Chun, Jennifer Jihye and Rina Agarwala. 2016. “Global labour politics in informal and precarious jobs.” Handbook of the Sociology of Work and Employment, eds. Stephen Edgell, Heidi Gottfried, Edward Granter. Sage: London. pp. 634-650.
Agarwala, Rina. 2016. “Divine Development-Transnational Indian Religious Organizations in the United States and India.” International Migration Review. Vol 50, Issue 4, pp.910-950. (online publication in 2015)
Agarwala, Rina. 2015. “Tapping the Indian Diaspora for Indian Development,” in The State and the Grassroots: Immigrant Transnational Organizations in Four Continents. Alejandro Portes and Patricia Fernandez-Kelly (eds). Berghahn Press. New York. Pp. 84-110.
Agarwala, Rina. 2014. “Informal Workers' Struggles in Eight Countries,” in Brown Journal of World Affairs. Vol. XX, Issue 11, Spring/Summer, pp. 251-263.
Agarwala, Rina. 2013. “A Second Marriage? An Intersection of Marxism and Feminism among India’s Informal Workers.” Handbook on Gender in South Asia. Leela Fernandes (ed). UK: Routledge. Pp.220-233.
Agarwala, Rina. 2012. "The State and Labor in Transnational Activism- The Case of India." Journal of Industrial Relations. Vol. 54, Issue 4, pp.443-458.
Agarwala, Rina and Emmanuel Teitelbaum. 2010. “Trends in Funding for Dissertation Field Research- Why Do Political Science and Sociology Students Win So Few Awards?” Political Science and Politics. April, pp. 283-293. *Featured in Inside Higher Ed
Agarwala, Rina. 2009. “An Economic Sociology of Informal Work The Case of India." Research in the Sociology of Work. Vol. 18, pp. 315-342.
Agarwala, Rina. 2008. “Reshaping the Social Contract Emerging Relations Between the State and Informal Labor in India.” Theory and Society. Vol. 37, No. 4, pp. 375-408.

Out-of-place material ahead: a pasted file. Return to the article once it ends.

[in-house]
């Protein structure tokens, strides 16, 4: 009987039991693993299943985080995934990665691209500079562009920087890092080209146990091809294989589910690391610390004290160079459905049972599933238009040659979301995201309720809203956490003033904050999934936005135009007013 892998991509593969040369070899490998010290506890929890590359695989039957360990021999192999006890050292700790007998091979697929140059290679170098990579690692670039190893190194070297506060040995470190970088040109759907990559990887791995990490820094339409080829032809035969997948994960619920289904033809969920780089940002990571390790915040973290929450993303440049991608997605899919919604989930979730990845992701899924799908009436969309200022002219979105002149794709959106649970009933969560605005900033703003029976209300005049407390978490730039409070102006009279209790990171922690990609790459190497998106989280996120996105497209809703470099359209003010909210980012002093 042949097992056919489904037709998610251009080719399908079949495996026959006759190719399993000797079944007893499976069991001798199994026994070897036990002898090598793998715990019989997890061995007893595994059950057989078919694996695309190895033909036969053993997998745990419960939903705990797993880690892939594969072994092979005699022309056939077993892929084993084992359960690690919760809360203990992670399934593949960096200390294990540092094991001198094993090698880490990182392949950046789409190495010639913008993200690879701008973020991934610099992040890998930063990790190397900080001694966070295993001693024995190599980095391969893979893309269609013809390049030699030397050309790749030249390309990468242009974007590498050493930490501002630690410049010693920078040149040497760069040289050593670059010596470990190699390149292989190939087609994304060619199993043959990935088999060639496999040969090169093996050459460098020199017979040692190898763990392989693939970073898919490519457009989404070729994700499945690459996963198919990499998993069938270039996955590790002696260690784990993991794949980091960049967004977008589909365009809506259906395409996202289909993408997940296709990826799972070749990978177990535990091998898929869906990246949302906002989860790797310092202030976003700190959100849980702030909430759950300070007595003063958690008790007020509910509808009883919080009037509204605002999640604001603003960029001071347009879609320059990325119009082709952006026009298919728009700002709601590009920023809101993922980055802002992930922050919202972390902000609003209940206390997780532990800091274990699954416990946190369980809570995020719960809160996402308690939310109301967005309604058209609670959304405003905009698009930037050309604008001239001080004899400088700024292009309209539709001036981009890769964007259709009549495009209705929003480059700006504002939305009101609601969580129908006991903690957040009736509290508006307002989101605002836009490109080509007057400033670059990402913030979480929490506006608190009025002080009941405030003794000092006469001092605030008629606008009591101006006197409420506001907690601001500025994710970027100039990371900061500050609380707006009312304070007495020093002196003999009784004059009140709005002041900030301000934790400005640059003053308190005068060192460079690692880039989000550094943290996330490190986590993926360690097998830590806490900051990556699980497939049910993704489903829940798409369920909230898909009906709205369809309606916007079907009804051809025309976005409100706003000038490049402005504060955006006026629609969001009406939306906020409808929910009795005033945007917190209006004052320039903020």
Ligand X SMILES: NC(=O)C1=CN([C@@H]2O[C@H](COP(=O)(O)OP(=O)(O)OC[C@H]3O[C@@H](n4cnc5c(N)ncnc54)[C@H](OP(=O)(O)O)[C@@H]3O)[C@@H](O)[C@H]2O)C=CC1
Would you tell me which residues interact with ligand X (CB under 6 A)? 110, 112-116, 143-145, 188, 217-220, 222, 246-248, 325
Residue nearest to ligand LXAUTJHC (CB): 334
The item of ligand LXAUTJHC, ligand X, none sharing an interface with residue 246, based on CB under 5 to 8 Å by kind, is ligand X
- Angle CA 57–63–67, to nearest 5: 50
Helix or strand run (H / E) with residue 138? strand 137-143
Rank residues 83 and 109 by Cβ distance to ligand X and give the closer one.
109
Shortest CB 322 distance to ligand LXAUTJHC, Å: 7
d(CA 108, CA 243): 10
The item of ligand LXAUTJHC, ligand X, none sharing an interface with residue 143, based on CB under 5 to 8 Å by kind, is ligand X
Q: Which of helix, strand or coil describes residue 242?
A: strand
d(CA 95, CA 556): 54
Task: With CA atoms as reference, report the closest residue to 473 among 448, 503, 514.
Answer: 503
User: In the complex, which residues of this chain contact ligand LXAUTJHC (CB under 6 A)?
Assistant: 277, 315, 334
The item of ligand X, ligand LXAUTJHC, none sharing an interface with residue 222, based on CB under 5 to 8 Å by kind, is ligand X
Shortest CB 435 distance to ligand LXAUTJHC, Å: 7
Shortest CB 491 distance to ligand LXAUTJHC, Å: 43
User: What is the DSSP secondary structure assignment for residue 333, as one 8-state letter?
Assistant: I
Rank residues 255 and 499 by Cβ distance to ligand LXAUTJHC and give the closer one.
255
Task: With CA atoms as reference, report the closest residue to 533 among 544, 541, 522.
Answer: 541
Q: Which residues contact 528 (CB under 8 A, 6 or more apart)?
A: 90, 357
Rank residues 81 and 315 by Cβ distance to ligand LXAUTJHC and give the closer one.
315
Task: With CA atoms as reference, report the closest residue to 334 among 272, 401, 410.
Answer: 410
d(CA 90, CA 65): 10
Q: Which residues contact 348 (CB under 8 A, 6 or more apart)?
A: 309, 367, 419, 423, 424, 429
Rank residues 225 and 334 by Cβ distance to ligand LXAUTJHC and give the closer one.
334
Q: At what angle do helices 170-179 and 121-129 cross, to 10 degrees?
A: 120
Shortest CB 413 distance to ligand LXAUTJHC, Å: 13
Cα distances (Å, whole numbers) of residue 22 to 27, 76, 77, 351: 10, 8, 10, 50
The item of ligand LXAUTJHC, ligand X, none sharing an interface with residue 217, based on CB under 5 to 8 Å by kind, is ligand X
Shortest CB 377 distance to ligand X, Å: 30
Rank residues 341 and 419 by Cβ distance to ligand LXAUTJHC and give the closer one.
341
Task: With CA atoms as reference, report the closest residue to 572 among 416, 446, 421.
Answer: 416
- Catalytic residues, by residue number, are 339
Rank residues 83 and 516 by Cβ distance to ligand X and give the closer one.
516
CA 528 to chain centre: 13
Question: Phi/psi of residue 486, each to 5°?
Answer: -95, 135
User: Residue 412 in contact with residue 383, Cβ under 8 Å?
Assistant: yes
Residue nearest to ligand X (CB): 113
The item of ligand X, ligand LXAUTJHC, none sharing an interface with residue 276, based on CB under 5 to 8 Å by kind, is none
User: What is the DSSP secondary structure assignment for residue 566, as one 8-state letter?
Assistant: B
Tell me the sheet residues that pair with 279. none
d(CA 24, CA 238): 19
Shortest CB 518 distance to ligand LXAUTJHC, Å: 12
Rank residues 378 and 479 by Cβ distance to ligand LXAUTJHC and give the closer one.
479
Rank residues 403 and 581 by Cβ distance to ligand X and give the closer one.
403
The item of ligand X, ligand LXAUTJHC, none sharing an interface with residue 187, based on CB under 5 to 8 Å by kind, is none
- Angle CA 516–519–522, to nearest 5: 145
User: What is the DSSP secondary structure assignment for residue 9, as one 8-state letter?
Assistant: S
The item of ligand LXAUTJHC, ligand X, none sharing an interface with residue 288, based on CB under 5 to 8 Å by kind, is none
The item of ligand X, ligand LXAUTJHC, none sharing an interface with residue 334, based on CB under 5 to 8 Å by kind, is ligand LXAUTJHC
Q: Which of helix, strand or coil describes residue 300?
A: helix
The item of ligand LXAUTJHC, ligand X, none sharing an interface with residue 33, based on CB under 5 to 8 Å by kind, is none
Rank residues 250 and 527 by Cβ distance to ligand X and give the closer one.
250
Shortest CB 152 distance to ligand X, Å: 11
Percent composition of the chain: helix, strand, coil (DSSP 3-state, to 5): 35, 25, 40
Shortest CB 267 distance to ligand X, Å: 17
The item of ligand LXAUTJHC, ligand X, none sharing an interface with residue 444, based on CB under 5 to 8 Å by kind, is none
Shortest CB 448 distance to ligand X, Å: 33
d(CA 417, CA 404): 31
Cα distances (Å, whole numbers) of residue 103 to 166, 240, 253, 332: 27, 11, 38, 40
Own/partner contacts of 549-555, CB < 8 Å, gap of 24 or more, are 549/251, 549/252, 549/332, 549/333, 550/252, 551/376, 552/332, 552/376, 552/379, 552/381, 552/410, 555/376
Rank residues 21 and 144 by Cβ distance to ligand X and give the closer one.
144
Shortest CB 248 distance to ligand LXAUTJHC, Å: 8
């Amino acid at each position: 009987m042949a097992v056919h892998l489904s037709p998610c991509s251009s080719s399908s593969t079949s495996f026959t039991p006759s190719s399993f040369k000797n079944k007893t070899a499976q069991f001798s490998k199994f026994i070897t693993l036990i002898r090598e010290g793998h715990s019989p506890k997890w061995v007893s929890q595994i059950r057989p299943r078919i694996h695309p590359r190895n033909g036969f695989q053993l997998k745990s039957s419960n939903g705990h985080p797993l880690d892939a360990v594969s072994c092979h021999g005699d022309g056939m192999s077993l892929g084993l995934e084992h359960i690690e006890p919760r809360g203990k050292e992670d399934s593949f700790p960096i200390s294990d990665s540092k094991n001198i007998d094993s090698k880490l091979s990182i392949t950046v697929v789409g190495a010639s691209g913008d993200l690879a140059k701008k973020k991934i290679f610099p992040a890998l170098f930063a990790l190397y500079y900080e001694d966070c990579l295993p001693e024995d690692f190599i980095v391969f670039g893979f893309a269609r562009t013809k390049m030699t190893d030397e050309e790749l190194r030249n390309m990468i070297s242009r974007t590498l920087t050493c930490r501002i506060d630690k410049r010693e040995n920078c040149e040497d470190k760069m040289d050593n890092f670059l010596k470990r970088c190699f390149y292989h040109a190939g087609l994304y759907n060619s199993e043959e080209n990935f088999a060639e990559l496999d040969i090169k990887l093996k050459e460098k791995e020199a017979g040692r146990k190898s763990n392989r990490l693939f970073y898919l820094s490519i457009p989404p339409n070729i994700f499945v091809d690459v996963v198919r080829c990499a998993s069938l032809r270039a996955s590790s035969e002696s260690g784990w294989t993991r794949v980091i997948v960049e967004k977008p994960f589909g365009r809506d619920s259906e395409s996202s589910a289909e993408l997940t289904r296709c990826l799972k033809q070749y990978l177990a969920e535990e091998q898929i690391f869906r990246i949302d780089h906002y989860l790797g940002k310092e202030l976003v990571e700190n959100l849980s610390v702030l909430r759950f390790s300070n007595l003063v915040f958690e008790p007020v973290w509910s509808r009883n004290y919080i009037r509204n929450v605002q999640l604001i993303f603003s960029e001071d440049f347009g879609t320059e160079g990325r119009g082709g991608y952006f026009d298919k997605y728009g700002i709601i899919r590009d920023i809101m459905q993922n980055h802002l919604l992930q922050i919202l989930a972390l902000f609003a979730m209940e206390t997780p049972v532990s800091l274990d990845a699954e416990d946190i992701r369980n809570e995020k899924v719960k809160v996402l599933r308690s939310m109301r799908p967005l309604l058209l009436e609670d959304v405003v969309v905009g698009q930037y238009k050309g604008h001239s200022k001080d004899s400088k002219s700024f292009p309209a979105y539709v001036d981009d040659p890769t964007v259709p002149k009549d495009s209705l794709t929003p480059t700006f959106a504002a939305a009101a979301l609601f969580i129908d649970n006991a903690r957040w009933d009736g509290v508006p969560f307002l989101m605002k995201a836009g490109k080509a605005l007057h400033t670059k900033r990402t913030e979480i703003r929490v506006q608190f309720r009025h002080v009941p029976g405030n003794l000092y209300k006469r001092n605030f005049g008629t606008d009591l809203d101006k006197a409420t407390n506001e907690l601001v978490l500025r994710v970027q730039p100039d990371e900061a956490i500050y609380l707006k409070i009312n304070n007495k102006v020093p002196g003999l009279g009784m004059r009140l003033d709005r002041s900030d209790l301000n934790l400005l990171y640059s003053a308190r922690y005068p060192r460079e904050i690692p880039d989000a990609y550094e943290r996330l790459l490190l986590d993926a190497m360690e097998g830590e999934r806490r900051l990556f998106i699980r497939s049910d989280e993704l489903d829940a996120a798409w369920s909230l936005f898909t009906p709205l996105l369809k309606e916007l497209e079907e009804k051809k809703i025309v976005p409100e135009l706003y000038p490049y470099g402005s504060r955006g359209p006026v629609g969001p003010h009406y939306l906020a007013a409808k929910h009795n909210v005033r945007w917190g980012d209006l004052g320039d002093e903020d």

Agarwala, Rina. 2007. “Resistance and Compliance in the Age of Globalization: Indian Women and Labor Organizations," in Annals of the American Academy of Political and Social Science. Vol. 610, March, pp. 143-159.
Agarwala, Rina. 2006. “From Work to Welfare- A New Class Movement in India.” Critical Asian Studies. Vol. 38, No. 4, December, pp. 419-445.
Herring, Ronald and Rina Agarwala. 2006. “Introduction- Restoring Agency to Class- Puzzles from the Subcontinent” Critical Asian Studies. Vol. 38, No. 4, December, pp. 323-357.
Agarwala, Rina and Scott M. Lynch. June 2006. “Refining the Measurement of Women's Autonomy- An International Application of a Multi-dimensional Construct." Social Forces, V. 84, No. 4, pp. 2077-2099.
Agarwala, Rina. 2002. “Working for Autonomy: Differentiating Women’s Work in India.” Indian Journal of Labour Economics, Vol. 45, No. 4, pp. 1369-1388.
- 2013 , Cambridge University Press
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- 2008 , Lexington Books
- Role: editor